Launch A Startup For The Price Of An iPad

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By Elizabeth Yin (Co-Founder, LaunchBit)

Lots of people ask us how expensive it is to launch a web business idea. That’s obviously an impossible question to answer. But, getting your first customers to get some validation for your business idea — now, that’s not as far off as you may think. Getting there would probably cost you less than an iPad. So, skip the frenzied line at the Apple Store and buy yourself a web business instead.

This is how I would invest my saved $499 in a web business idea –

Talk With Potential Customers: In-Person, Via Skype, Or Phone

  • Recruit potential interviewees using Craigslist, Google/Yahoo Groups, Ning communities, Meetup.com, vertical-specific forums, alumni lists, malls/cafes where applicable. (Cost: FREE)
  • Vet interviewees using Google Forms, choose 3-5 different personas to interview for 15-30 min each. (Cost: FREE)
  • Pay interviewees $10-$20 for each completed interview. (Cost: ~$120)
  • Paper/scissors to analyze each interview to find patterns with Google Docs. (Cost: Free)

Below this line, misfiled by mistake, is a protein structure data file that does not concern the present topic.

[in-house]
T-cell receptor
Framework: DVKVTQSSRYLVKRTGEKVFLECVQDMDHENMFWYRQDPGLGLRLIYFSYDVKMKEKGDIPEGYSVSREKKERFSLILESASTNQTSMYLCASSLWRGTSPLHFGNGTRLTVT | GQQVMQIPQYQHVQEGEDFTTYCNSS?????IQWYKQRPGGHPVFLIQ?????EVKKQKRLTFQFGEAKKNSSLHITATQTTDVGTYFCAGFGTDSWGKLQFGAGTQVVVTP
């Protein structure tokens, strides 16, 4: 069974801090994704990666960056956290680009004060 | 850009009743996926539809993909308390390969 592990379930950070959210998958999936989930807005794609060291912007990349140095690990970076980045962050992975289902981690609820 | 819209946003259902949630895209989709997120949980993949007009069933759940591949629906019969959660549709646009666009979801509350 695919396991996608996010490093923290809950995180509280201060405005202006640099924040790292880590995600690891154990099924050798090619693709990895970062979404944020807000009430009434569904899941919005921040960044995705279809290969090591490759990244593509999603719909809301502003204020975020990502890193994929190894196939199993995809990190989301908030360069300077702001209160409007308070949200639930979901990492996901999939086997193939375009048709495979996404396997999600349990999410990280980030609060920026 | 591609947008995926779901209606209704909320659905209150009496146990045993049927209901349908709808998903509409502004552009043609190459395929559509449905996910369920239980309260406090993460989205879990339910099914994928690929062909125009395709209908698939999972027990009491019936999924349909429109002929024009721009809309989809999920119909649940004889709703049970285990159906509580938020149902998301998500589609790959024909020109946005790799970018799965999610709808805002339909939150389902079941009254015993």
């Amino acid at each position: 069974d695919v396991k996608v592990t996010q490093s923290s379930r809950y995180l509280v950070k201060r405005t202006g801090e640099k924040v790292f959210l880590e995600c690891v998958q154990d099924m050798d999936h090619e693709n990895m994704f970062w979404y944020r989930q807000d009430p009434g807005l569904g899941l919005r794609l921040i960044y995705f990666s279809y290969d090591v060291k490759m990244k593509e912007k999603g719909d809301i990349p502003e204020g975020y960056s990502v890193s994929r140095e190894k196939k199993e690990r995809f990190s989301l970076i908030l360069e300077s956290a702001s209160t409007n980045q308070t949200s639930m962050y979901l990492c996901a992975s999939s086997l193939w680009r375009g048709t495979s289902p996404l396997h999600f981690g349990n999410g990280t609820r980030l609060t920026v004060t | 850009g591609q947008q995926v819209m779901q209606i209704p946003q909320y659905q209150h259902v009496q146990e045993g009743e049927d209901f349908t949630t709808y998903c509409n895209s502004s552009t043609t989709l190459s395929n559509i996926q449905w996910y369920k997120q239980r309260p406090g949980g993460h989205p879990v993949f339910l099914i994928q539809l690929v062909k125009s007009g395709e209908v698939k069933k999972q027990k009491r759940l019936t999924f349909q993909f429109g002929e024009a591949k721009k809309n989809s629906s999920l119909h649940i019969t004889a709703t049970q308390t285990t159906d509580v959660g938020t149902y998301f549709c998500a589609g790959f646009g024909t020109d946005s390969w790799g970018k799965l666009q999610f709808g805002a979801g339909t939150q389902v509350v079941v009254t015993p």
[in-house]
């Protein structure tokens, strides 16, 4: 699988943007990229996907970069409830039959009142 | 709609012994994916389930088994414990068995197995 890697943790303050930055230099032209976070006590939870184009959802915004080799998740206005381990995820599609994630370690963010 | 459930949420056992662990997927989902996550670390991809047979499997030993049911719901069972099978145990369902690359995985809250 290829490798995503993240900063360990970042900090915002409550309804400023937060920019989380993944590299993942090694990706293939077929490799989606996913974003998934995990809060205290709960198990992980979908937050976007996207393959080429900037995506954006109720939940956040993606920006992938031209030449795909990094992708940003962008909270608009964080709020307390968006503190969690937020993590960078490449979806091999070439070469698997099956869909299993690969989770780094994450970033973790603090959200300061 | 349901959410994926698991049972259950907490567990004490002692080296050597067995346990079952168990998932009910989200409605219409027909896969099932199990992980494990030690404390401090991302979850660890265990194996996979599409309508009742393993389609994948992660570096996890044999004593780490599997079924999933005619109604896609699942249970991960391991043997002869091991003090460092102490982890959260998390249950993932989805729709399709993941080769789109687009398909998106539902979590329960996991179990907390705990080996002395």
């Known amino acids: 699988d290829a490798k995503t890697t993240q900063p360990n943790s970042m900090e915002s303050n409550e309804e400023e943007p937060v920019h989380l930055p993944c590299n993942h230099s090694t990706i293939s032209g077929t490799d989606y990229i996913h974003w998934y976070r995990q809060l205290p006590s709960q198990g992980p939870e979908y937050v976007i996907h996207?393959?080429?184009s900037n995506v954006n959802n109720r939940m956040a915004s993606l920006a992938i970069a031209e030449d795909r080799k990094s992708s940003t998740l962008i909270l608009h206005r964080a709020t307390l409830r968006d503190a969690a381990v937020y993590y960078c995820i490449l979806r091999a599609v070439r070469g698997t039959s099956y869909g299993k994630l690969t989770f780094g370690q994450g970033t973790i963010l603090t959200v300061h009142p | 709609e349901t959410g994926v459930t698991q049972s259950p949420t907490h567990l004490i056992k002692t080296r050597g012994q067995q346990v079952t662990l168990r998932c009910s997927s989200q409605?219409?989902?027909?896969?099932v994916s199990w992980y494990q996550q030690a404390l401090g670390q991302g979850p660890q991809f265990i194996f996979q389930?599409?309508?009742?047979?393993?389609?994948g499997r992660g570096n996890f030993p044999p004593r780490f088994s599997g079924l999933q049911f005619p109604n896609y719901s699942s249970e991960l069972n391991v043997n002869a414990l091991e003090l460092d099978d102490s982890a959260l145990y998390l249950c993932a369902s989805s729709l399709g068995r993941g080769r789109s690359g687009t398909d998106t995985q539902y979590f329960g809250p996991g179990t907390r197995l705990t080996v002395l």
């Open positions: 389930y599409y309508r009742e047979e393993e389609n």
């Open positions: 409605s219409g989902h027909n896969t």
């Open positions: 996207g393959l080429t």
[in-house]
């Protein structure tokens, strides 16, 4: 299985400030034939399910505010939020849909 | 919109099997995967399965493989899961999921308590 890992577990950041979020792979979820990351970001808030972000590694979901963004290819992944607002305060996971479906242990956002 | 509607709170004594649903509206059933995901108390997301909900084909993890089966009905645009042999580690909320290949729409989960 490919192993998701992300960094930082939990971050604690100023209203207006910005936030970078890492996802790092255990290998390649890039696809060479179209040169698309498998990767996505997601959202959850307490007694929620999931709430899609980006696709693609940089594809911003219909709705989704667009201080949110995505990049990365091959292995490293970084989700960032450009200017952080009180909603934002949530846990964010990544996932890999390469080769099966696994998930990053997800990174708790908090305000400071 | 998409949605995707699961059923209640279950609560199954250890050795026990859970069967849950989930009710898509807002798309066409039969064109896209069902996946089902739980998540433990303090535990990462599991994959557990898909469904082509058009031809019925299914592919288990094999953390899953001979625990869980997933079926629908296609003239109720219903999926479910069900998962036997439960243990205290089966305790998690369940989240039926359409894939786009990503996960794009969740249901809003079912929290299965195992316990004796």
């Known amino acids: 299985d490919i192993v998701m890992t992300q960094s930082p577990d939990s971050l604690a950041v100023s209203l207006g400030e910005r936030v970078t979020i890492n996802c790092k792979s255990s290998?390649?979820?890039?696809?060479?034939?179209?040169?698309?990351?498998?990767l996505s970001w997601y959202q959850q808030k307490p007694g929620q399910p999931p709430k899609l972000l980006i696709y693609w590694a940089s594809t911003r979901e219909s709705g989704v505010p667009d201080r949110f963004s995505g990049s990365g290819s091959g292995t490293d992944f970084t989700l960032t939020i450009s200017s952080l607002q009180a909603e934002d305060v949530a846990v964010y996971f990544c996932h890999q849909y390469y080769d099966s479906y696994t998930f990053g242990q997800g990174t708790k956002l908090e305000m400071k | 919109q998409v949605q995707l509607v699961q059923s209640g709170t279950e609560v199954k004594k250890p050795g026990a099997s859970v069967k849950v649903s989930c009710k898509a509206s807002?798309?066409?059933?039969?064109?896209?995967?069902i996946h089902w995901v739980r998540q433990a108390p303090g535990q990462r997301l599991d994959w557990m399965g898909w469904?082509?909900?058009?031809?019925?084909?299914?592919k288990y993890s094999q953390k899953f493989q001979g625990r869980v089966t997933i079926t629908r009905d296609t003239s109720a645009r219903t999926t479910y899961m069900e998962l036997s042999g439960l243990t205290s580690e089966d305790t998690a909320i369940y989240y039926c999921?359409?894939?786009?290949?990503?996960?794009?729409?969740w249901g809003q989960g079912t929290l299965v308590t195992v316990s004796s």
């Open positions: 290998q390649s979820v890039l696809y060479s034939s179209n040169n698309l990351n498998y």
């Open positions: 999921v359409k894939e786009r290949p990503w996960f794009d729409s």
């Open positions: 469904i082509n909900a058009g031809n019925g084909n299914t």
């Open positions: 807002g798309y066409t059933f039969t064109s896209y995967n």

Find First Customers Through A Landing Page

  • Build a landing page without coding using Unbounce, Weebly, or Yola. (Cost: FREE to $25)
  • Buy a domain name for extra credibility. (Cost: $15)
  • Check landing page for clarity using FiveSecondTest to ensure clarity in messaging. (Cost: FREE)
  • Run Google Ads to the landing page, aiming to drive 200+ visitors to your site. We like to bid under $1 per CPC. You can find cheap keywords if you look hard enough… (Cost: $200)
  • Run Facebook or relevant blog ads to the landing page, aiming to drive 100+ visitors to your site. Facebook ads tend to be more expensive and vary a lot more than Google Ads. Blog ads will range in price. (Cost: $100)
  • Drive more online traffic through relevant forums, Q & A sites, etc, aiming to drive 50+ visitors to your site from a combination of these channels. (Cost: FREE)
  • Analyze your marketing channels and landing page tests using Google Analytics. (Cost: FREE)

With 350+ people now coming to your site, you should now have a good handful of people who are eager to be your first customers/users. Combine that with people you spoke with in-person/via Skype, hopefully you now have a good group of users/customers to work with as you start to think about your exact product/service.

Total cost: ~$460 with money to spare. Go buy yourself a cheaper Apple product to celebrate.

For more tips and resources on starting a web business without coding, visit LaunchBit.